Today is Children’s Grief Awareness Day and people all over the country are showing their support for children who have experienced the death of a loved one by wearing blue. Bo’s Place, my local grief support center, worked with a local high school origami group to create blue butterflies for volunteers and family members to wear in honor of the day. I proudly pinned my butterfly to my sweater this morning and took the opportunity to tell my college of education students about how they could refer grieving families for free support. Grief, and children’s grief in particular, isn’t an easy subject to talk about. Unfortunately, this means that many community members don’t know what to say or do to help children after the death of a loved one. Children’s Grief Awareness Day gives us an opportunity to share helpful tips, bring awareness to local grief organizations, fund raise, and make our wish for hope and healing visible. So, how can you help?
- Wear blue! Encourage your colleagues and friends to join you and let people know why blue is the color of the day.
- Spread the word through social media. Use Hope the butterfly (shown above) as your profile picture or cover art on your favorite social media site and use the hashtag #cgadhope. You can download logos and images here.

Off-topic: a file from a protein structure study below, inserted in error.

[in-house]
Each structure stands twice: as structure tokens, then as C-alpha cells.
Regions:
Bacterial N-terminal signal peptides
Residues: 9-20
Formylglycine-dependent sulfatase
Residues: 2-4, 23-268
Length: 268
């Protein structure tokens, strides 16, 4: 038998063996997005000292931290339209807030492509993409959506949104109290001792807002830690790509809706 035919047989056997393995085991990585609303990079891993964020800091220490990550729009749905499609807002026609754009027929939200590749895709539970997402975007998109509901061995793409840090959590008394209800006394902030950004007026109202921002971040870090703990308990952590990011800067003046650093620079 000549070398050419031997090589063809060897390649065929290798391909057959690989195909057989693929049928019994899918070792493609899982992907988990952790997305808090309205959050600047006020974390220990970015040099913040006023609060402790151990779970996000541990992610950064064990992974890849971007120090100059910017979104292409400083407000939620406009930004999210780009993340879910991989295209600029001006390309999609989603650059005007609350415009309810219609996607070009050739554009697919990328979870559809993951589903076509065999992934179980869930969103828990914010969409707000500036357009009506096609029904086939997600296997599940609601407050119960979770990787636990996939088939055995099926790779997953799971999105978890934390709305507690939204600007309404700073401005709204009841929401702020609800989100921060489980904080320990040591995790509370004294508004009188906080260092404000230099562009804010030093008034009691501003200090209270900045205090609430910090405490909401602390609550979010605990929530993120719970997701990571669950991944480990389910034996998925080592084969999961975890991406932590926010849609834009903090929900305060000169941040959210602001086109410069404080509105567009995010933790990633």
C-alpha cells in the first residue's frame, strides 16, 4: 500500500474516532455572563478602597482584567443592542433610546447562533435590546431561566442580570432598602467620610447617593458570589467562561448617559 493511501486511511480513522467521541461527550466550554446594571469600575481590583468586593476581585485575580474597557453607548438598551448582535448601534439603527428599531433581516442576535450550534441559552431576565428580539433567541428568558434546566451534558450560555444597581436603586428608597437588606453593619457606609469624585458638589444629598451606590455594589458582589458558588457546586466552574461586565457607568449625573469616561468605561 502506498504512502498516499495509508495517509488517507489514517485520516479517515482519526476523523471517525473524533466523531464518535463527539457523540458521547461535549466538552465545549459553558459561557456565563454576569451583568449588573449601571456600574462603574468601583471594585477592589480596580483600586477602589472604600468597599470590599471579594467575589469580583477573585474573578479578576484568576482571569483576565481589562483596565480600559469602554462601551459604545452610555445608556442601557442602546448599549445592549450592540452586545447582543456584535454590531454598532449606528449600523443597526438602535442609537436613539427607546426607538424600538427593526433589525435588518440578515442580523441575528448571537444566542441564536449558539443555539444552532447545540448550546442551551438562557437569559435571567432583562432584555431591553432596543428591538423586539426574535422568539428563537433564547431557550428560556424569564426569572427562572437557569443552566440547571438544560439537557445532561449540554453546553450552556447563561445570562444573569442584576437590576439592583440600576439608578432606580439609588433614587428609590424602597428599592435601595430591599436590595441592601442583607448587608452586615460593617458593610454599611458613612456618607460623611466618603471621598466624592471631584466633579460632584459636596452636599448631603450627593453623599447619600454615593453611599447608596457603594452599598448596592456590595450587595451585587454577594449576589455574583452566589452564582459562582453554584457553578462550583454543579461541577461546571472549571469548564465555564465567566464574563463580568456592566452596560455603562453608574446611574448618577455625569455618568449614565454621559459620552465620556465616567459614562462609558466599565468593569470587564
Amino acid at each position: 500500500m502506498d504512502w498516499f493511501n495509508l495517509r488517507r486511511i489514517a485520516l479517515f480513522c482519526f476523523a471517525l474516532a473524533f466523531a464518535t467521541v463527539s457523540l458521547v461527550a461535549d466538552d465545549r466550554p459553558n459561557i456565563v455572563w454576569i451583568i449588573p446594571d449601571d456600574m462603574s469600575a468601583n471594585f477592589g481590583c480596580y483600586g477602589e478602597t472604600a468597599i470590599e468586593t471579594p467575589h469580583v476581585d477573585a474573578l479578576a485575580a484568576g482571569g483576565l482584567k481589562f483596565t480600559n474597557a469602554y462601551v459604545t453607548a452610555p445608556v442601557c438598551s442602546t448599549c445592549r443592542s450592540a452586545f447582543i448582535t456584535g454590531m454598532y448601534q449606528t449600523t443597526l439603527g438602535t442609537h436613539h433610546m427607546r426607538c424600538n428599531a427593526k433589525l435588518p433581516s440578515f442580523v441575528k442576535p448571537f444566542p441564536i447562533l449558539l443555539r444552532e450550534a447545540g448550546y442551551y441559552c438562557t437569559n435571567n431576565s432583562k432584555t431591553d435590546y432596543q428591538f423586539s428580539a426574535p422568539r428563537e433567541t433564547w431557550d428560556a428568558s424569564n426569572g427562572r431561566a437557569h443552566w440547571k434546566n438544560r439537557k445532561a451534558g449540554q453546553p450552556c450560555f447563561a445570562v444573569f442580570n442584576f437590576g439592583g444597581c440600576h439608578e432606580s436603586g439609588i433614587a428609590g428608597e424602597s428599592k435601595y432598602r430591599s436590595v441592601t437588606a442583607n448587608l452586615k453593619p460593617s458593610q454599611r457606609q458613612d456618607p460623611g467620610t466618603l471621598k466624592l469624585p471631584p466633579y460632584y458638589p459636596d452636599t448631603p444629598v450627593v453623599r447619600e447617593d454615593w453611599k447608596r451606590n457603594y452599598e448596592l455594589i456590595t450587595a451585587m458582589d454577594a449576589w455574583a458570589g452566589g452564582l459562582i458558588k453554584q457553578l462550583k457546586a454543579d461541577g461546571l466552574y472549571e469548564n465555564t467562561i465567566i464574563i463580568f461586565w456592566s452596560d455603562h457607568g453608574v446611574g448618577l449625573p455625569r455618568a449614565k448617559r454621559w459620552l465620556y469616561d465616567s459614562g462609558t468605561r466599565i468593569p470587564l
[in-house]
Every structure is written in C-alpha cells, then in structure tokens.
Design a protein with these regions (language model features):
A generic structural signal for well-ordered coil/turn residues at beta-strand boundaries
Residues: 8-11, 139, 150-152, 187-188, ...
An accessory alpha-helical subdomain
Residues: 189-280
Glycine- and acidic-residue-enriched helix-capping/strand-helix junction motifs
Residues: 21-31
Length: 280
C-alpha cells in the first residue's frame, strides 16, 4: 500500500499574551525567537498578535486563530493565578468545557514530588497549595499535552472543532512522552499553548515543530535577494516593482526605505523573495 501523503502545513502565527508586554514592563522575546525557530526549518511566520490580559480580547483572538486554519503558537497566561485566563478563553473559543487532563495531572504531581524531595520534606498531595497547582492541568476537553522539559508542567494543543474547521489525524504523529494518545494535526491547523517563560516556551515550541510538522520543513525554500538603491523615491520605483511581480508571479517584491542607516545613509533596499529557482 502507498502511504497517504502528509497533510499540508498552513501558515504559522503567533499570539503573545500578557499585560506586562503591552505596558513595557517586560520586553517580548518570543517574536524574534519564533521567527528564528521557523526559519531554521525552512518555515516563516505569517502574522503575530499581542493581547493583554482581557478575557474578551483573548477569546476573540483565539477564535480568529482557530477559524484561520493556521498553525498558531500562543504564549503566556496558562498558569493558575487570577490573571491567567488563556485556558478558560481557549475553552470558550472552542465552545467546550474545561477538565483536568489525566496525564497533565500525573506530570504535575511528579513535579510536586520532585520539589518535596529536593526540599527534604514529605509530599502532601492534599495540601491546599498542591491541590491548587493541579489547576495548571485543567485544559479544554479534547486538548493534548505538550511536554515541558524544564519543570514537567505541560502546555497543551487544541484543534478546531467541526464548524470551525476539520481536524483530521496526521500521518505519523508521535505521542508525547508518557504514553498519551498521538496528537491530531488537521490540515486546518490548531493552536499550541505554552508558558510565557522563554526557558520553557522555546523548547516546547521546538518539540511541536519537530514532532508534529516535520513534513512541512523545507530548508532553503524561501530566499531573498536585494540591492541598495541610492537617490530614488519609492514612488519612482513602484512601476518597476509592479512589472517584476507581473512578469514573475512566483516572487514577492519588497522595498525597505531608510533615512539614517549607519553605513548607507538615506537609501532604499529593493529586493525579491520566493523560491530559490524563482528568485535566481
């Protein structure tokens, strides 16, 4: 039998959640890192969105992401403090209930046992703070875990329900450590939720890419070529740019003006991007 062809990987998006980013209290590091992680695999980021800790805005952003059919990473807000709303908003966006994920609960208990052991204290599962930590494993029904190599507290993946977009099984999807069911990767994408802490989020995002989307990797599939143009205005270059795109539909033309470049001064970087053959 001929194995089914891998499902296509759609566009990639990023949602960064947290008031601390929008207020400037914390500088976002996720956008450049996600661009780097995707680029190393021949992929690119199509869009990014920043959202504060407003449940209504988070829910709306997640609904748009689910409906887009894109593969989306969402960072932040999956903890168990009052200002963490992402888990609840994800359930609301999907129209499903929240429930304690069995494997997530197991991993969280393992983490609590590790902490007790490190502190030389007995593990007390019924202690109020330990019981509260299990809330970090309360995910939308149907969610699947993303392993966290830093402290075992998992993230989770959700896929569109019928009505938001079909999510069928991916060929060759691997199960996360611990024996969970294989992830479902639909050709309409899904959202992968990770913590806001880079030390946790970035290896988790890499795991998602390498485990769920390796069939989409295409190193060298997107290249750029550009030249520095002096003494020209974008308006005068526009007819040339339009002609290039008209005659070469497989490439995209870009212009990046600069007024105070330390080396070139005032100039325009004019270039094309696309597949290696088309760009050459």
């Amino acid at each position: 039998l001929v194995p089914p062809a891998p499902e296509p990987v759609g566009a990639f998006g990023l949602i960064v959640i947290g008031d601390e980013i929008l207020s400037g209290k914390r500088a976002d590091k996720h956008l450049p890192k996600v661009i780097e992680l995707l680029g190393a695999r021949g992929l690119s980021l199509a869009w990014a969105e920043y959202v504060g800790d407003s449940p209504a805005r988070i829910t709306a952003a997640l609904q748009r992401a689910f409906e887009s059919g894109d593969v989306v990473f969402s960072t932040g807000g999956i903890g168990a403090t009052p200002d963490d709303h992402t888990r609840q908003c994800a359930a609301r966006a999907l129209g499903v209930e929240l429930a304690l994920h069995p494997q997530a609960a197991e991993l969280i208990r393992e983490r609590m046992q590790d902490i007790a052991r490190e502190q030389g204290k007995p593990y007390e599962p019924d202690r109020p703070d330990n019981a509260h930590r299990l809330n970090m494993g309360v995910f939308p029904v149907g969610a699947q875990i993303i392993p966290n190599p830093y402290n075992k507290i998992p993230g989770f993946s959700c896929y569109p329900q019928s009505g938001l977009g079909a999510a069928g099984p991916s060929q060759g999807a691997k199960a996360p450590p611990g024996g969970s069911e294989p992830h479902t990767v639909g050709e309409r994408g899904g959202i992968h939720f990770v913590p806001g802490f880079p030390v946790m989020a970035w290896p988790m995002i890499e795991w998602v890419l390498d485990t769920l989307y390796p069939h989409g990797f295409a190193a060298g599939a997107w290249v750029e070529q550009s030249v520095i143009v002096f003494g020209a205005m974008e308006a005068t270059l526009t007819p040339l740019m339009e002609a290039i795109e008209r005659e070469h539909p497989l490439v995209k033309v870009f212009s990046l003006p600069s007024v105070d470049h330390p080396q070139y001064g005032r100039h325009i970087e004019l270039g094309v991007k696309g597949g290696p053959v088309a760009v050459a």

- Find your local grief support center and learn how to refer families for services. Consider volunteering, donating, or helping them spread the word about their work in the community. You can search for a center in your area at the National Alliance for Grieving Children
- Share tips for supporting grieving children with your school, house of worship, or other organization that works with families. You can use this flyer from Bo’s Place.
- Make blue butterfly crafts. You could start a wall of hope where people can write names or messages on blue paper butterflies. Make and wear blue accessories. Wanna make a blue butterfly origami pin like the one from Bo’s Place? Simply follow this instruction video and adhere with a safety pin.
- Learn more about Children’s Grief Awareness Day
Let’s spread a little hope as we approach the holiday season by supporting families that have experienced the death of a loved one.